OWL was introduced by Borland in 1991 and eventually deprecated in 1997 in favor of their Visual Component Library (VCL). Its primary competitor was the Microsoft Foundation Class Library (MFC). OWLNext, an open-source project driven by the OWL user community, has continued the maintenance of OWL, ensuring that the library and applications that use it work with the latest version of Windows and modern C++ compilers.
In 1995 Borland released Delphi, its first release of an Object Pascal IDE and language. Up until that point, Borland's Turbo Pascal for DOS and Windows was largely a procedural language, with minimal object-oriented features, and building UI frameworks with the language required using frameworks like Turbo Vision and Object Windows Library. OWL, a similar framework to MFC, required writing code to create UI objects.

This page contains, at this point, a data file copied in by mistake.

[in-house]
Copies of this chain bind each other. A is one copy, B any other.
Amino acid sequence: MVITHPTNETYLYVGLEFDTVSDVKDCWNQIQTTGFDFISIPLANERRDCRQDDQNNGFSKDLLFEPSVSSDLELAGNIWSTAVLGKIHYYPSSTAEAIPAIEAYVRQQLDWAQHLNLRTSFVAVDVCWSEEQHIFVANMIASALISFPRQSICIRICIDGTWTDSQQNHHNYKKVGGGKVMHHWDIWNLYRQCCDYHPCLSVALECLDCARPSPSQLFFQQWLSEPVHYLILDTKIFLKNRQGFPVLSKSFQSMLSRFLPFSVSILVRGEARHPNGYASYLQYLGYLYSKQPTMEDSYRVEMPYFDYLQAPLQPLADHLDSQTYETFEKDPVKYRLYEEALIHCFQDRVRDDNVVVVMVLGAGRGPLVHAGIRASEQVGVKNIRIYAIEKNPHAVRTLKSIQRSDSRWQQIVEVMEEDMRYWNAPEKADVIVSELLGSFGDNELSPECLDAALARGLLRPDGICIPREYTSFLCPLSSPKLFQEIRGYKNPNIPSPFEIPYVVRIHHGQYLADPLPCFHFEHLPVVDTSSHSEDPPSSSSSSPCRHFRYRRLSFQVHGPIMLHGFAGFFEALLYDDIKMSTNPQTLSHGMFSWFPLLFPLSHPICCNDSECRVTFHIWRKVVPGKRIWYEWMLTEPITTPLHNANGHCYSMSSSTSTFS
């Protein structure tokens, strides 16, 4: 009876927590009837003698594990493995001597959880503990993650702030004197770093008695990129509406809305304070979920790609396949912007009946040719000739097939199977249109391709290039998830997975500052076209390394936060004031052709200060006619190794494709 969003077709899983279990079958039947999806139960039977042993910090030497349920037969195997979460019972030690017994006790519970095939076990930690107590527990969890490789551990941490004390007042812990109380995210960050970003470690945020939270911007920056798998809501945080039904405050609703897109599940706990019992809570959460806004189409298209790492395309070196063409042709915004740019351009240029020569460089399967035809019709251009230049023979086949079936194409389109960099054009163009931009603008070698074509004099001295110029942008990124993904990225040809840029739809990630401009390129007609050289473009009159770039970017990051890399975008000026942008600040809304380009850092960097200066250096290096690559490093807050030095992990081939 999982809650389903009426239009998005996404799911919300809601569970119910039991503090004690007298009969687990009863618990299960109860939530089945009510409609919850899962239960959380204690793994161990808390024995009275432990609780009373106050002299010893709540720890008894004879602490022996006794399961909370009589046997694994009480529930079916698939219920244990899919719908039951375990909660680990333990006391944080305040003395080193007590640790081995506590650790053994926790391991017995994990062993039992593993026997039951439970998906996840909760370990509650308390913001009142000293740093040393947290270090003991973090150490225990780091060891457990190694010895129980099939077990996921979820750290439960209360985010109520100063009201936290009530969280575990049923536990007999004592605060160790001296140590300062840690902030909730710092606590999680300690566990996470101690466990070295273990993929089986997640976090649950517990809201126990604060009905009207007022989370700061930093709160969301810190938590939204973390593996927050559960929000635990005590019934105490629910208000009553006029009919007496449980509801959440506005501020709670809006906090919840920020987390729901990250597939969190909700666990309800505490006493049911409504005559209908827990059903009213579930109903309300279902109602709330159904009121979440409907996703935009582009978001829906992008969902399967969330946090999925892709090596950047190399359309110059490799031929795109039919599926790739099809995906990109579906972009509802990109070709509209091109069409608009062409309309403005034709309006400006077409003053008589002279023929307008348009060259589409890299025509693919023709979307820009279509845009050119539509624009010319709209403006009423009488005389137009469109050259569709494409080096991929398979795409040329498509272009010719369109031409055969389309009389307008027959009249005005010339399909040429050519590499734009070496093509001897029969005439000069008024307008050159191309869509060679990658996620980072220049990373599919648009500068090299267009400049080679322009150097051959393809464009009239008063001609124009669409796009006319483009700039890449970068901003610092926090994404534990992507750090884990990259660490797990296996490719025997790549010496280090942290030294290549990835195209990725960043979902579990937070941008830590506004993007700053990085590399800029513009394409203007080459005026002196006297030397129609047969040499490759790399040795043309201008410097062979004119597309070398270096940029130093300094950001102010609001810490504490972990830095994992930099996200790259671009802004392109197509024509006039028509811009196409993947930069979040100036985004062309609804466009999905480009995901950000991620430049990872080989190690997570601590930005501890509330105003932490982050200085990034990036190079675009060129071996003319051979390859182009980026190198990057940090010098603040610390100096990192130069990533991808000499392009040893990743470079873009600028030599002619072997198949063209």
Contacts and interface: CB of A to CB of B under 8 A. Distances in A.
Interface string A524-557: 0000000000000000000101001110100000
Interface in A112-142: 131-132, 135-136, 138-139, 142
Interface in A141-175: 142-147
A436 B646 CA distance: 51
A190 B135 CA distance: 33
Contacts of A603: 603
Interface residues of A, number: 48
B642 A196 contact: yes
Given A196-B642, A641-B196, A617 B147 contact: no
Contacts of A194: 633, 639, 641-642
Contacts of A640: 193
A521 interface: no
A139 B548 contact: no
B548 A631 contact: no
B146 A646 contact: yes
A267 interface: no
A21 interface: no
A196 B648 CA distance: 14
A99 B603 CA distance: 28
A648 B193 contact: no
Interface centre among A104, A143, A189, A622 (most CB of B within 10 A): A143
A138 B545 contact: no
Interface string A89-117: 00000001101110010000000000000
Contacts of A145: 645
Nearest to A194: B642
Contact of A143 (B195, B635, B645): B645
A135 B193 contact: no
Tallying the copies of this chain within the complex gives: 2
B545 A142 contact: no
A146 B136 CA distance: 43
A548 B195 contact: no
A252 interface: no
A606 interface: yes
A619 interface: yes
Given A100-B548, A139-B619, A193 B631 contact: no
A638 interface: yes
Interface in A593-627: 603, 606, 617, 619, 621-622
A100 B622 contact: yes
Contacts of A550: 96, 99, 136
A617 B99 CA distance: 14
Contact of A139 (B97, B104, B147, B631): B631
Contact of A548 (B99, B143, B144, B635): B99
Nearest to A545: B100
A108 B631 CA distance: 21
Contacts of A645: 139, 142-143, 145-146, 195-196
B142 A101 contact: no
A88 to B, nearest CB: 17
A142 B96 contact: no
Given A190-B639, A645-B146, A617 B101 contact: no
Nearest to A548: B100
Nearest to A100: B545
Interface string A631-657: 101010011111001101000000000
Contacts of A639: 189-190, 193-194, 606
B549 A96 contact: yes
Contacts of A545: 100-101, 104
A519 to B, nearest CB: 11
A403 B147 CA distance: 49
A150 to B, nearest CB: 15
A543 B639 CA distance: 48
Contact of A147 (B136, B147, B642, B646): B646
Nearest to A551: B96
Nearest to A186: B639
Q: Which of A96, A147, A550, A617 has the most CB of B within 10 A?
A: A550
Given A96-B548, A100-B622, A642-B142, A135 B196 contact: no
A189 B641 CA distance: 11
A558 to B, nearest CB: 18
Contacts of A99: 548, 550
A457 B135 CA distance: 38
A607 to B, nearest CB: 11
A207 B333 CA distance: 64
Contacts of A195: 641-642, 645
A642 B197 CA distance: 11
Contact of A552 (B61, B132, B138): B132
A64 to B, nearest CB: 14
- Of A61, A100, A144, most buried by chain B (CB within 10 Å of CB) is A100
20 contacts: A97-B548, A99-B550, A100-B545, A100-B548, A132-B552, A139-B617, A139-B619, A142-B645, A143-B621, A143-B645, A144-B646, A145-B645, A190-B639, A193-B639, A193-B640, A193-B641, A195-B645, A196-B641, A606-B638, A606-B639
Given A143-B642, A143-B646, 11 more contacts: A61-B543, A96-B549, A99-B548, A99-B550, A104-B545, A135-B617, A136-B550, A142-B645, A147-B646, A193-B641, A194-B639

Object Windows Library (OWL), designed for use with Borland's Turbo C++ compiler, was a competing product introduced by Borland around the same time. Eventually, Borland discontinued OWL development and licensed the distribution of the MFC headers, libraries and DLLs from Microsoft for a short time, though it never offered fully integrated support for MFC. Borland later released Visual Component Library to replace the OWL framework.